Here there be dragons...

"I'm telling you stories. Trust me." - Winterson

Adult Language Learning -- Take 2.

So as disappointed as I was by the last attempt at Spanish, I sucked it up and tried again tonight and it was awesome.  What a contrast!   Short version ends here.  Looooong version (that took way longer to type than to live ;) below.

I was targeting the "instant tutoring" again, which limits your choice of instructors to those online at that moment; in my case, there were seven, one of whom was the one I spoke with the previous time.   Two of the six remaining options were designated "professional teachers" -- the main difference being certification (although to put this in perspective, by their rules I qualify as a professional teacher too -- thanks CELTA ;) -- there's nothing about actual experience required...

Regardless, I figured I could use pro help and while prices are more, they're still significantly less than I'd expect to pay for qualified teaching around here (convenient as I can't currently afford said qualified teaching here -- AND I'd have to leave my lovely office to get it.  All bad really.)  So that narrowed my choice to two.  Took a quick look at both profiles.  One had significantly more experience and a higher degree of English, so I started there.  Looking at his availability though (since I do actually want to find a coach I can work with for a bit) was a bit off-putting as he didn't have any times in his schedule that would work for me.  Booo.  But he was online, so I fired off a message asking if this was a normal time for him to be on and the schedule was maybe out of date?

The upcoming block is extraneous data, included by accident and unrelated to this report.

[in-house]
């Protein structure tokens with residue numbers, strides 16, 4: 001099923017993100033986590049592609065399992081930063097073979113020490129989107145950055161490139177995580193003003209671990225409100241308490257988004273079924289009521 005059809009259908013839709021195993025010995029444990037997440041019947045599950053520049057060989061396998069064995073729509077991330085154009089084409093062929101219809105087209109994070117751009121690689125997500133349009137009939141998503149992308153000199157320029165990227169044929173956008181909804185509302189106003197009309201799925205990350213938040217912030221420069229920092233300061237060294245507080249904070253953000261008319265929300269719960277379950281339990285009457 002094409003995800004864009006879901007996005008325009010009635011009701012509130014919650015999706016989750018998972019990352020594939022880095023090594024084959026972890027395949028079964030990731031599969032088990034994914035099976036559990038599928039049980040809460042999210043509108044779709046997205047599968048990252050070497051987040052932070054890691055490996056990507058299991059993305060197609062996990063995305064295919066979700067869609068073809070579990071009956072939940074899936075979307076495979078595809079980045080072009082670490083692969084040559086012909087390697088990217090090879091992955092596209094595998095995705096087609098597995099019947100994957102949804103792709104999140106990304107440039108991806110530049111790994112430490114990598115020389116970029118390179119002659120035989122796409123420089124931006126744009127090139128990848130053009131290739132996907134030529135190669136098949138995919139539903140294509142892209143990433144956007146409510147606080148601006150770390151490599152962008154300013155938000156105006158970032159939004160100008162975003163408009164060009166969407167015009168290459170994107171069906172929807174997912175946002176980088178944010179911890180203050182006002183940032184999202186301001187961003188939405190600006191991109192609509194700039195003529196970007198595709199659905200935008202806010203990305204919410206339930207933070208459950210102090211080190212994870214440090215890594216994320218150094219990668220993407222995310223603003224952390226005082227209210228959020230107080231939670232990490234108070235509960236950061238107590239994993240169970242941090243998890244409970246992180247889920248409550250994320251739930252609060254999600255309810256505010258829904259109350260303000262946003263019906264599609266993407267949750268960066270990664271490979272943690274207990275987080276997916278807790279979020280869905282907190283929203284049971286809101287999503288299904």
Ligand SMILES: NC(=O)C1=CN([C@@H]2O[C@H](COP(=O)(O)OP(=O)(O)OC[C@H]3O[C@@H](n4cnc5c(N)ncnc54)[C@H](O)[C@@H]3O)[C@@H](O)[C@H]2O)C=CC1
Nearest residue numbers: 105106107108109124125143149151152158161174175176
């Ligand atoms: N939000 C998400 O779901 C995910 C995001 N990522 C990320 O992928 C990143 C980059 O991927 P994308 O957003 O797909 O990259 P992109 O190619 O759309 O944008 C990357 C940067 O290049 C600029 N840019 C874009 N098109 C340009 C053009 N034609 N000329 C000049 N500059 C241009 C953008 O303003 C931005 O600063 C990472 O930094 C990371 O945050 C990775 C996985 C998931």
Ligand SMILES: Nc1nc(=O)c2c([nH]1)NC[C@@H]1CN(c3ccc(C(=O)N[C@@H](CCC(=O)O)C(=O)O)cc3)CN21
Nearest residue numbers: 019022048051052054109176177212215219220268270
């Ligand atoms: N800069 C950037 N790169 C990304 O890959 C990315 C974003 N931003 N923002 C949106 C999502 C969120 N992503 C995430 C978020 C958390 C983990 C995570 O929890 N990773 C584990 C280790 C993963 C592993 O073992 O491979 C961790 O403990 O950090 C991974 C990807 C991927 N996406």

While waiting for a response I went to the other guy's page -- his video really caught my attention.  For one thing, he put some effort into it -- it had a real introduction rather than just a talking head.  Second thing that appealed to me, he spoke both in Spanish and English on the video, AND the Spanish was slow enough that much of it I could understand, and that that was beyond me at least was enunciated clearly enough that I could pick up individual words.  The English was also entirely reasonable.  Could've been reading a script of course, but worth a try.   So still having not heard back from guy one (and by this time way more interested in the second one) I looked at his teaching schedule -- and it's basically every weekday evening from 6pm-1am and on Sundays during the day.  Ummm perfect.